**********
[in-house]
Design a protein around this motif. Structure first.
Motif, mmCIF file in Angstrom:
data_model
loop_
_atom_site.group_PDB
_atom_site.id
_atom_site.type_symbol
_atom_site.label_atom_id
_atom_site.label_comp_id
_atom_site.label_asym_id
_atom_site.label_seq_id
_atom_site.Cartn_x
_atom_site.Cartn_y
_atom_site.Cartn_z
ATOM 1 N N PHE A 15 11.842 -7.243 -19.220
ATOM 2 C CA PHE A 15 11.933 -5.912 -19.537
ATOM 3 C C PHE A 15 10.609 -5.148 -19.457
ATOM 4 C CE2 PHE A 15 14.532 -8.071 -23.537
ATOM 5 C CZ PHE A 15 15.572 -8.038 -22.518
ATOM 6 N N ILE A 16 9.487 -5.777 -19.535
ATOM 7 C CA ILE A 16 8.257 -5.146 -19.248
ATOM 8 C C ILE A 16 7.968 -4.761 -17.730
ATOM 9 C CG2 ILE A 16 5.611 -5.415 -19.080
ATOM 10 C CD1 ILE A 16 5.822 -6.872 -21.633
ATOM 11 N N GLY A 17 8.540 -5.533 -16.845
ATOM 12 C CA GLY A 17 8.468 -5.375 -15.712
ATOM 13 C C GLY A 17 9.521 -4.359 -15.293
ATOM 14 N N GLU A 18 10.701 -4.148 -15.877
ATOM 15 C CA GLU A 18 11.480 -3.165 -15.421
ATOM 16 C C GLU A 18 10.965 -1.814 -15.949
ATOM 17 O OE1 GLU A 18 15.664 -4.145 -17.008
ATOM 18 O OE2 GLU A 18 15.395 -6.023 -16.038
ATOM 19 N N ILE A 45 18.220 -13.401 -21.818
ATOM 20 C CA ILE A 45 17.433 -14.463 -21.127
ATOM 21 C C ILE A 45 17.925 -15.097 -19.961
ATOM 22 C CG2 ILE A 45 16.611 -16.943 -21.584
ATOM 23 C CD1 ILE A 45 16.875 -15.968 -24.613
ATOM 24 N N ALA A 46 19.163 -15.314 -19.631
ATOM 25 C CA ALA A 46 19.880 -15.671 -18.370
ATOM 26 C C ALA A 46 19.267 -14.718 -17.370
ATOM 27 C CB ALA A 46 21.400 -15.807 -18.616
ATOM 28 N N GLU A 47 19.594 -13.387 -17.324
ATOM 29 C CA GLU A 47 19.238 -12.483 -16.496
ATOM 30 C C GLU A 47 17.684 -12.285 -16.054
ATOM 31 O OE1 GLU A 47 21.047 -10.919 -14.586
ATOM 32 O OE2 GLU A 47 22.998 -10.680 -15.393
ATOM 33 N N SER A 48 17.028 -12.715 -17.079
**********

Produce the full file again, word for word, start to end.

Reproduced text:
[in-house]
Design a protein around this motif. Structure first.
Motif, mmCIF file in Angstrom:
data_model
loop_
_atom_site.group_PDB
_atom_site.id
_atom_site.type_symbol
_atom_site.label_atom_id
_atom_site.label_comp_id
_atom_site.label_asym_id
_atom_site.label_seq_id
_atom_site.Cartn_x
_atom_site.Cartn_y
_atom_site.Cartn_z
ATOM 1 N N PHE A 15 11.842 -7.243 -19.220
ATOM 2 C CA PHE A 15 11.933 -5.912 -19.537
ATOM 3 C C PHE A 15 10.609 -5.148 -19.457
ATOM 4 C CE2 PHE A 15 14.532 -8.071 -23.537
ATOM 5 C CZ PHE A 15 15.572 -8.038 -22.518
ATOM 6 N N ILE A 16 9.487 -5.777 -19.535
ATOM 7 C CA ILE A 16 8.257 -5.146 -19.248
ATOM 8 C C ILE A 16 7.968 -4.761 -17.730
ATOM 9 C CG2 ILE A 16 5.611 -5.415 -19.080
ATOM 10 C CD1 ILE A 16 5.822 -6.872 -21.633
ATOM 11 N N GLY A 17 8.540 -5.533 -16.845
ATOM 12 C CA GLY A 17 8.468 -5.375 -15.712
ATOM 13 C C GLY A 17 9.521 -4.359 -15.293
ATOM 14 N N GLU A 18 10.701 -4.148 -15.877
ATOM 15 C CA GLU A 18 11.480 -3.165 -15.421
ATOM 16 C C GLU A 18 10.965 -1.814 -15.949
ATOM 17 O OE1 GLU A 18 15.664 -4.145 -17.008
ATOM 18 O OE2 GLU A 18 15.395 -6.023 -16.038
ATOM 19 N N ILE A 45 18.220 -13.401 -21.818
ATOM 20 C CA ILE A 45 17.433 -14.463 -21.127
ATOM 21 C C ILE A 45 17.925 -15.097 -19.961
ATOM 22 C CG2 ILE A 45 16.611 -16.943 -21.584
ATOM 23 C CD1 ILE A 45 16.875 -15.968 -24.613
ATOM 24 N N ALA A 46 19.163 -15.314 -19.631
ATOM 25 C CA ALA A 46 19.880 -15.671 -18.370
ATOM 26 C C ALA A 46 19.267 -14.718 -17.370
ATOM 27 C CB ALA A 46 21.400 -15.807 -18.616
ATOM 28 N N GLU A 47 19.594 -13.387 -17.324
ATOM 29 C CA GLU A 47 19.238 -12.483 -16.496
ATOM 30 C C GLU A 47 17.684 -12.285 -16.054
ATOM 31 O OE1 GLU A 47 21.047 -10.919 -14.586
ATOM 32 O OE2 GLU A 47 22.998 -10.680 -15.393
ATOM 33 N N SER A 48 17.028 -12.715 -17.079